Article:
Why brand strategists should be wary of sentiment analysis
Marketers are increasingly using quantitative text analysis to analyse what consumers are saying about their brand. They should also be careful about the pitfalls of this approach.
In a world where 2.5 quintillion bytes of data are generated every single day, it is easier than ever for marketers to collect information on their brand that would have been unimaginable a mere decade ago. How much are consumers talking about us? What are they saying? With the vast data at our disposal, these questions should now be, in theory, straightforward to answer.
Yet making sense of all this data can be tricky. To analyse it, data scientists and social media listening firms tend to resort to sentiment analysis. Otherwise known as opinion mining, sentiment analysis is the process of determining the emotional tone and the opinion expressed in an online mention. And it can be incredibly useful: shifts in sentiment on social media have been shown to correlate with shifts in the stock market.
Yet there are a number of reasons to be wary of sentiment analysis. First, it is important to understand how sentiment is measured: you might be surprised at how agricultural the method really is. Put simply, sentiment analysis uses dictionaries to classify keywords as ‘positive’ and ‘negative’. If a tweet, for example, has more negative words than positive ones, it is classified as negative. Yet sentiment identified as negative in traditional dictionaries doesn’t always travel well into other contexts. Researchers have shown for example, that using sentiment analysis dictionaries in financial services can lead to severe misclassification. After all, an insurer that talks about ‘risk’, or a law firm that is mentioned in conversations about ‘damages’ would hardly consider these mentions as negative.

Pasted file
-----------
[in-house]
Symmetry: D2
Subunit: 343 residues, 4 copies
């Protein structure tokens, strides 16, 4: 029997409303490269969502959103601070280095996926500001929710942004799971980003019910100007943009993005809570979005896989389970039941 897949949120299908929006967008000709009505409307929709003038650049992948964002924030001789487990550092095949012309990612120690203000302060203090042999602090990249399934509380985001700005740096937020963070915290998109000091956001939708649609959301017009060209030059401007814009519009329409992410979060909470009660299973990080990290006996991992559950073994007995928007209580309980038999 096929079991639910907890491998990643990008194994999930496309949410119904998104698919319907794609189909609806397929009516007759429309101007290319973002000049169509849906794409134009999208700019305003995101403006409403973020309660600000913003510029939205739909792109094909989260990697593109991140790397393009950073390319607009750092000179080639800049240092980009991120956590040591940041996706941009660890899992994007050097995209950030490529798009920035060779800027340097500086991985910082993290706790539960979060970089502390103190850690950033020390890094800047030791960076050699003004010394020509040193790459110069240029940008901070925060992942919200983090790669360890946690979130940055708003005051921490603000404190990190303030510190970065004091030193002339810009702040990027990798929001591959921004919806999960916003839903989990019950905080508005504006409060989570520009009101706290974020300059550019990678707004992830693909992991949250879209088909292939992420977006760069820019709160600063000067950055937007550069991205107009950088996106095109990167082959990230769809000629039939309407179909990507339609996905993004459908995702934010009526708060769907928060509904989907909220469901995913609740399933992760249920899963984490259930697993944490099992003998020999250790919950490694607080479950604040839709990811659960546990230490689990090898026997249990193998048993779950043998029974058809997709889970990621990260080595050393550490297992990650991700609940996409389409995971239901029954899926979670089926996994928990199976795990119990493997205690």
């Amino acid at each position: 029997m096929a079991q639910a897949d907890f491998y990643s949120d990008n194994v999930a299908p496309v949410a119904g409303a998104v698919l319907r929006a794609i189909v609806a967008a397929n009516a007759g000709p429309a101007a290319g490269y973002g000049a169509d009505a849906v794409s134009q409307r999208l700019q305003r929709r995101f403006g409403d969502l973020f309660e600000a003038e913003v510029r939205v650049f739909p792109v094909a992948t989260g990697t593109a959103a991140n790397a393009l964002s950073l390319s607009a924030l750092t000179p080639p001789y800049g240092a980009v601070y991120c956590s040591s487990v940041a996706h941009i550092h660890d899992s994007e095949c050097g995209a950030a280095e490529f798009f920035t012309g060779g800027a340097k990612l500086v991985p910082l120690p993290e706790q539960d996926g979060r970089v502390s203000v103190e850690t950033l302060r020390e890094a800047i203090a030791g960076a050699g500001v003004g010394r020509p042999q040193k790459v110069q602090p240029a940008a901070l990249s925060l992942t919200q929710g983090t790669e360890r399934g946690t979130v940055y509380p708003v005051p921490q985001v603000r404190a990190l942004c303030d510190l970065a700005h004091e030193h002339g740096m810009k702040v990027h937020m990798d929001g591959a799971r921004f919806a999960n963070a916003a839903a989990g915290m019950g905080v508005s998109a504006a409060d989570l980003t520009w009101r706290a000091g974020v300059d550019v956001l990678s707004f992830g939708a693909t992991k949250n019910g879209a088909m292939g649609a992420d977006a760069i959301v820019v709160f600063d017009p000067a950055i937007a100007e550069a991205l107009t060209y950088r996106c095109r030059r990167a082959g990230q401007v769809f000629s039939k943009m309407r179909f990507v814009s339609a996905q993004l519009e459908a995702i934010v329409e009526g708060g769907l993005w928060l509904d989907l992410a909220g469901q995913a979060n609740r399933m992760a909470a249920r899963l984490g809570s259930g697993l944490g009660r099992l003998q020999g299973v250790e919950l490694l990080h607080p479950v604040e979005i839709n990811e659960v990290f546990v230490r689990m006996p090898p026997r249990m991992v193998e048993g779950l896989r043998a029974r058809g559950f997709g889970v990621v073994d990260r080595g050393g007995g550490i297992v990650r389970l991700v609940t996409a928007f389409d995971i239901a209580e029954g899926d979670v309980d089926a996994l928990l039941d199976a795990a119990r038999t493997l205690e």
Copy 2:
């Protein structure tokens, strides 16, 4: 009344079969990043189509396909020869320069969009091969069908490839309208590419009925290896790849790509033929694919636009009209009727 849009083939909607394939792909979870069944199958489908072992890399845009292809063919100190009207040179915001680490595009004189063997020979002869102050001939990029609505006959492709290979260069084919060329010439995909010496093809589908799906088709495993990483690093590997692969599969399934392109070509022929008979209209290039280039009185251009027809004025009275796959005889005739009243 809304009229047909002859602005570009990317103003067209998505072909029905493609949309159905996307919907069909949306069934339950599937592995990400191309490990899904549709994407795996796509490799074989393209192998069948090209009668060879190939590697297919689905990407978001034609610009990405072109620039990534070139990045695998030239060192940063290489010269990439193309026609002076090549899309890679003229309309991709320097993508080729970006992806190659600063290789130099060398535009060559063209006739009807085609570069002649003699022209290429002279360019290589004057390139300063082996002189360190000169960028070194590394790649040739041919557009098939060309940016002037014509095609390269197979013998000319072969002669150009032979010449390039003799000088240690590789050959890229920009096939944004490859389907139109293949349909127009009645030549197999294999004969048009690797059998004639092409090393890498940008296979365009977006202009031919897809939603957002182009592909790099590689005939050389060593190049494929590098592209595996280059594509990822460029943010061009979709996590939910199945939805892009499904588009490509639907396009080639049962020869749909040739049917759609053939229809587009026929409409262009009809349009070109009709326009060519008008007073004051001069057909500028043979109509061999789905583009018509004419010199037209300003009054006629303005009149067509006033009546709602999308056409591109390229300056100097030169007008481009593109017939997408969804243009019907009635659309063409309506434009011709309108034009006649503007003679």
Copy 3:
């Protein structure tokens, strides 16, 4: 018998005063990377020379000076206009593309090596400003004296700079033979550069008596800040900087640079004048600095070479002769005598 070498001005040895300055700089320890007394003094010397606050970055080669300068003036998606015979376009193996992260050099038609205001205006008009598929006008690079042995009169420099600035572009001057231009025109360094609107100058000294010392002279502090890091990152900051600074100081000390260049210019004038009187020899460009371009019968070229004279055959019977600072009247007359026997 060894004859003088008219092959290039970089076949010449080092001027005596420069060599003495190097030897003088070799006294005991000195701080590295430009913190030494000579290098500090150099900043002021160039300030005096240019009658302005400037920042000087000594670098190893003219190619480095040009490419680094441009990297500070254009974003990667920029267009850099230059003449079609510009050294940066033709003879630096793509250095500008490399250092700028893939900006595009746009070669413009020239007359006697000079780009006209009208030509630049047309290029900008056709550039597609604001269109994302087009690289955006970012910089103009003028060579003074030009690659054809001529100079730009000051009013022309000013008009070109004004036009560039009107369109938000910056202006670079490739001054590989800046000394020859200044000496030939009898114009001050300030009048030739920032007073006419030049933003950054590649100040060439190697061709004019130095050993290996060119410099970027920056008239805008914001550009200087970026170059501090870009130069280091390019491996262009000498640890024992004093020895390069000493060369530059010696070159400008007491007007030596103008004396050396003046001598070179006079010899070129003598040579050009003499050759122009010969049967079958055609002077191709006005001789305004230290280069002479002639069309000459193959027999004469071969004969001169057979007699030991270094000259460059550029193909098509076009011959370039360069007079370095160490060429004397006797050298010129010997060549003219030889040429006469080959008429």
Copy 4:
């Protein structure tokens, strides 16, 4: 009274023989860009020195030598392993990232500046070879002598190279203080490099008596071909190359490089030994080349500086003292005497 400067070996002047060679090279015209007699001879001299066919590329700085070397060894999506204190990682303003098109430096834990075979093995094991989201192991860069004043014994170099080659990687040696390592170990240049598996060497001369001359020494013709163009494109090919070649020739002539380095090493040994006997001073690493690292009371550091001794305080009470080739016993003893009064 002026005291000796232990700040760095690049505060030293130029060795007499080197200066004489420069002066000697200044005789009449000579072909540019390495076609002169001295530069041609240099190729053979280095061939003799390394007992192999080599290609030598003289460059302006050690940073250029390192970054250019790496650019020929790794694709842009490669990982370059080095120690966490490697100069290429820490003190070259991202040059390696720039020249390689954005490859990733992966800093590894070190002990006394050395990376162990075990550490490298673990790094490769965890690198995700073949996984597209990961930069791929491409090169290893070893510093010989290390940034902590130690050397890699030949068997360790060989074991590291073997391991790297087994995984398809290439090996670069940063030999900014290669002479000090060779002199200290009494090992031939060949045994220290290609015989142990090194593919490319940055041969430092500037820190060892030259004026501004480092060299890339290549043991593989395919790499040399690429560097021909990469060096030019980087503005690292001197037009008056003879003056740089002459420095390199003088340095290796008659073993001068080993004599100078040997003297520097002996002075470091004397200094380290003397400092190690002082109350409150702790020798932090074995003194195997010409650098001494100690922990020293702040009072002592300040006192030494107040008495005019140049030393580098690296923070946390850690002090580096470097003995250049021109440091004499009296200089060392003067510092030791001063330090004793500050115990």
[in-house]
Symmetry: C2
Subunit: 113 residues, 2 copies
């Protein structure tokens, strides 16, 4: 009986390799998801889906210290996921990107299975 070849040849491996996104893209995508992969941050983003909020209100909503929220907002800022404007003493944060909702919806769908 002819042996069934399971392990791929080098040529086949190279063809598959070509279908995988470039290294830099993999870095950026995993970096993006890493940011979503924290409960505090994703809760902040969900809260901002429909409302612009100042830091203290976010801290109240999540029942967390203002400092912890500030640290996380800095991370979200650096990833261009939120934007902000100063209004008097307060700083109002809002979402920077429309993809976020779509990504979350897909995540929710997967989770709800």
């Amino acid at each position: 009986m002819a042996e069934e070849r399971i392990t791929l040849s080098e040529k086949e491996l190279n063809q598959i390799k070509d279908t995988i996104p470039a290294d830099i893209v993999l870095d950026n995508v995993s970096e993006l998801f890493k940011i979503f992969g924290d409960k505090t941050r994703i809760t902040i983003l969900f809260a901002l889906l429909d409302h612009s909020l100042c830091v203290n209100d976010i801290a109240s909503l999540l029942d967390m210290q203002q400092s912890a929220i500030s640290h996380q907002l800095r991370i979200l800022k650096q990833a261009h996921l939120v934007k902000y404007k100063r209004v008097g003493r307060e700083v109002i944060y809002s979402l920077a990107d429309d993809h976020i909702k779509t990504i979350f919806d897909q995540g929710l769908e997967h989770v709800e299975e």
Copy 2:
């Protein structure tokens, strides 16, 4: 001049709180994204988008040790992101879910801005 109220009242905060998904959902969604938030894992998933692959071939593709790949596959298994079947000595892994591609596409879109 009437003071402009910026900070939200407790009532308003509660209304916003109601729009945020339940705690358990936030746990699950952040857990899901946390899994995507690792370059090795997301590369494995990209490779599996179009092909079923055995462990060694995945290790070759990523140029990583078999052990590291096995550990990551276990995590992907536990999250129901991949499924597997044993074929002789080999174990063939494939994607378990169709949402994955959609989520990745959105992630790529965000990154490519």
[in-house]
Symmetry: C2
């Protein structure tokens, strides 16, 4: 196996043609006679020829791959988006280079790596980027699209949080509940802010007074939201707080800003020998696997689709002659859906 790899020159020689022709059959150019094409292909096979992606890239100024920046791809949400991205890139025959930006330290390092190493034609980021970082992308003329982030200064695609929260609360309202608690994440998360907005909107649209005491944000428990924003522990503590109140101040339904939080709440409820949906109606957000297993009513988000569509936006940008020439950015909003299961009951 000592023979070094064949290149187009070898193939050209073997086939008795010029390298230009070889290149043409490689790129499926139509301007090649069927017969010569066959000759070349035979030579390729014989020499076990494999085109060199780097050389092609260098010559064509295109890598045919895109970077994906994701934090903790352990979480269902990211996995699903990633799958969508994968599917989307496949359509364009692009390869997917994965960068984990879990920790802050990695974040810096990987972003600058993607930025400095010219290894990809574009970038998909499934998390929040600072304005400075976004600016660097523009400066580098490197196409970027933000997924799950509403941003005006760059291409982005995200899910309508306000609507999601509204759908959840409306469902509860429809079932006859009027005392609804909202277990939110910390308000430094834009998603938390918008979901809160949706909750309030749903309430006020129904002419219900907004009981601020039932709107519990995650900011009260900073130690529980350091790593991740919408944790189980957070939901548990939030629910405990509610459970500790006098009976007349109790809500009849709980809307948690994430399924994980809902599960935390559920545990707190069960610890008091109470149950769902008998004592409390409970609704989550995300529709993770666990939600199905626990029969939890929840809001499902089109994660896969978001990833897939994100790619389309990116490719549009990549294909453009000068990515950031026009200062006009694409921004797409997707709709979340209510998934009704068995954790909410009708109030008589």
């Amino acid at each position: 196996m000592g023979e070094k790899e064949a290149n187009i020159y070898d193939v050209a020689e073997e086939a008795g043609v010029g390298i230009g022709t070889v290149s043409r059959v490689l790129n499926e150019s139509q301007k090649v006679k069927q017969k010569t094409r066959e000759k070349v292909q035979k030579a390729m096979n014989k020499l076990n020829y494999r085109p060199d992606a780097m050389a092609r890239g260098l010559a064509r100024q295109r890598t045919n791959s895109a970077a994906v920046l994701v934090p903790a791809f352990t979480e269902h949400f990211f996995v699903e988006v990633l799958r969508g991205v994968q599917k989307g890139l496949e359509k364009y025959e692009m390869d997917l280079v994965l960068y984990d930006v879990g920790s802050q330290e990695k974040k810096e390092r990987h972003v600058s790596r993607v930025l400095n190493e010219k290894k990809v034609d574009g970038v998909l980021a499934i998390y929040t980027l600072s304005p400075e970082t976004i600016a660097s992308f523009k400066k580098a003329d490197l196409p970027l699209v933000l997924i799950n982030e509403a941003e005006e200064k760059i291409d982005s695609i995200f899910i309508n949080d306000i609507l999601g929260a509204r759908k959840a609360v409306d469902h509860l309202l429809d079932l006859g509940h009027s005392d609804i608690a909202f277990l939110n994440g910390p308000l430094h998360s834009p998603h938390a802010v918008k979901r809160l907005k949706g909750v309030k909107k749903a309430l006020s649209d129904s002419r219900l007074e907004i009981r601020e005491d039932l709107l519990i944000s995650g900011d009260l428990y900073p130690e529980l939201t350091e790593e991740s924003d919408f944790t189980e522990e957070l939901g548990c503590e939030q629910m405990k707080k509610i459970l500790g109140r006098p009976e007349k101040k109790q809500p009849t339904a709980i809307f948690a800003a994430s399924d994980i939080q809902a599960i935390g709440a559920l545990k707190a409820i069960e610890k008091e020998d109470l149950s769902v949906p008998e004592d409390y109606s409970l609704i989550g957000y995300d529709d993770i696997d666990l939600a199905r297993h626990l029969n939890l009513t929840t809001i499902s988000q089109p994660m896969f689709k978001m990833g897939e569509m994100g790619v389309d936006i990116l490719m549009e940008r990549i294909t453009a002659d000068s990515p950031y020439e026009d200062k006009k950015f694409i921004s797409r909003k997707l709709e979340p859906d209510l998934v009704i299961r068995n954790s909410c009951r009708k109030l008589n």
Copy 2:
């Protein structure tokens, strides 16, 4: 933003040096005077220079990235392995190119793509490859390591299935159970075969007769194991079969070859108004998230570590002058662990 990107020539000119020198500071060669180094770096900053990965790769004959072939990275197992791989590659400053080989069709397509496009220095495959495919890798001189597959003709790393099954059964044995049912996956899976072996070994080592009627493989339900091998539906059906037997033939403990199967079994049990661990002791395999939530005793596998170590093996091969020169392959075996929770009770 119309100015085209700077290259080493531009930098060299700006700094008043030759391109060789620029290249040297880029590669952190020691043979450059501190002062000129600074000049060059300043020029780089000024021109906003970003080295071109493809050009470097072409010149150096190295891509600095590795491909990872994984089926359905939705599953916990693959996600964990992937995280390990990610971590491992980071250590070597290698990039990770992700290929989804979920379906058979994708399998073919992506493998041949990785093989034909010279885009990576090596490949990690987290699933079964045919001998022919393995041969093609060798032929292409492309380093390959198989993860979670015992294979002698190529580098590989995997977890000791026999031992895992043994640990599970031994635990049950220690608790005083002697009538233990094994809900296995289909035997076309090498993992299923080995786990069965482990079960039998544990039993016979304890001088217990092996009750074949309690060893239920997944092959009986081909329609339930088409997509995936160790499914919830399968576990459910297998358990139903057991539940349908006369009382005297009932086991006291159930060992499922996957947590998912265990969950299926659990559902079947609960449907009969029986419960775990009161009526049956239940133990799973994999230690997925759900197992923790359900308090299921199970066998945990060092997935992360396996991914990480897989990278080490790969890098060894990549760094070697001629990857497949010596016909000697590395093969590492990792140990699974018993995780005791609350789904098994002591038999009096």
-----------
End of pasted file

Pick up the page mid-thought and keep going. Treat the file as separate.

Second, sentiment analysis tells you nothing about attribution. Your brand might be mentioned in a negative comment, but do people blame your brand specifically? How a brand should reacts to a message with negative sentiment depends crucially on whether they are held responsible for a situation. At Abensour and Partners, one of our partners’ PhD’s focuses in part on developing techniques to understand attribution (and therefore blame) in politicians’ rhetoric, rather than depending on the traditional sentiment analysis that can lead to serious measurement error.
And finally, there is the age-old issue that machines have always struggled with, but that is ubiquitous in human communication (particularly online): sarcasm. In sarcastic text, people express their negative sentiments using positive words. This fact allows sarcasm to easily cheat sentiment analysis models unless they’re specifically designed to take its possibility into account.
Are there any solutions to the pitfalls of sentiment analysis? One of the most promising avenues is supervised learning, where hand coding from human readers eventually ‘teaches’ the algorithm to recognise more nuanced use of language (for example sarcasm or blame). But ultimately nothing can replace taking time out to actually take a subjective look at your data, interpret it yourself, and ensure that the automated analysis your receive confirms your intuitive. Taking back control from the algorithm is not only cathartic, it can lead to better decisions in a world where sentiment analysis is still very much an exciting, but imperfect, work in progress.